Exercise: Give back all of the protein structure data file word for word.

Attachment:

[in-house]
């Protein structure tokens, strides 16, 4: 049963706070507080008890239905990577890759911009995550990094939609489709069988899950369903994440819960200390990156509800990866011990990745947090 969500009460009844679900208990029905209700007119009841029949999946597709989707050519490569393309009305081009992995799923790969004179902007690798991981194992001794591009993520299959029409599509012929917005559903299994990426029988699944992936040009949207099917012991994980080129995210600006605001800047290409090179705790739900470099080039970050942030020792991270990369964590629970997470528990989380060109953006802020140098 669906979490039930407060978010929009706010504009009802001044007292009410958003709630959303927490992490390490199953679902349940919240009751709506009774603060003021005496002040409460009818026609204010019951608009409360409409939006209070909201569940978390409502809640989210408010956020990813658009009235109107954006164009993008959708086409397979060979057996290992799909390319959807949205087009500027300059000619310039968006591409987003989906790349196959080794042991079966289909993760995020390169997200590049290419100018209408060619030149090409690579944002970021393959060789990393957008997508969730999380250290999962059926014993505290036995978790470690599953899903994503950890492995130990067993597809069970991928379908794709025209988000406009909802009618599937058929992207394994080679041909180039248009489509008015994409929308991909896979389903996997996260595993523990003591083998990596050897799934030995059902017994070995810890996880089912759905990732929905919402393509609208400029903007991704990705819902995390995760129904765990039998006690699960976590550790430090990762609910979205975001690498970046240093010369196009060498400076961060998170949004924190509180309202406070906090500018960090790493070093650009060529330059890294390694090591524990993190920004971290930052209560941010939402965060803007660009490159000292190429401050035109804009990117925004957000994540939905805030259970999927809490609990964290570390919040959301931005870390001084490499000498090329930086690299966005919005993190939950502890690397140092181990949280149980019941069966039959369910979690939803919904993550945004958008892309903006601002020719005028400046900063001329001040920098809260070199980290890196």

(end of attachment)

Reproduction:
[in-house]
């Protein structure tokens, strides 16, 4: 049963706070507080008890239905990577890759911009995550990094939609489709069988899950369903994440819960200390990156509800990866011990990745947090 969500009460009844679900208990029905209700007119009841029949999946597709989707050519490569393309009305081009992995799923790969004179902007690798991981194992001794591009993520299959029409599509012929917005559903299994990426029988699944992936040009949207099917012991994980080129995210600006605001800047290409090179705790739900470099080039970050942030020792991270990369964590629970997470528990989380060109953006802020140098 669906979490039930407060978010929009706010504009009802001044007292009410958003709630959303927490992490390490199953679902349940919240009751709506009774603060003021005496002040409460009818026609204010019951608009409360409409939006209070909201569940978390409502809640989210408010956020990813658009009235109107954006164009993008959708086409397979060979057996290992799909390319959807949205087009500027300059000619310039968006591409987003989906790349196959080794042991079966289909993760995020390169997200590049290419100018209408060619030149090409690579944002970021393959060789990393957008997508969730999380250290999962059926014993505290036995978790470690599953899903994503950890492995130990067993597809069970991928379908794709025209988000406009909802009618599937058929992207394994080679041909180039248009489509008015994409929308991909896979389903996997996260595993523990003591083998990596050897799934030995059902017994070995810890996880089912759905990732929905919402393509609208400029903007991704990705819902995390995760129904765990039998006690699960976590550790430090990762609910979205975001690498970046240093010369196009060498400076961060998170949004924190509180309202406070906090500018960090790493070093650009060529330059890294390694090591524990993190920004971290930052209560941010939402965060803007660009490159000292190429401050035109804009990117925004957000994540939905805030259970999927809490609990964290570390919040959301931005870390001084490499000498090329930086690299966005919005993190939950502890690397140092181990949280149980019941069966039959369910979690939803919904993550945004958008892309903006601002020719005028400046900063001329001040920098809260070199980290890196």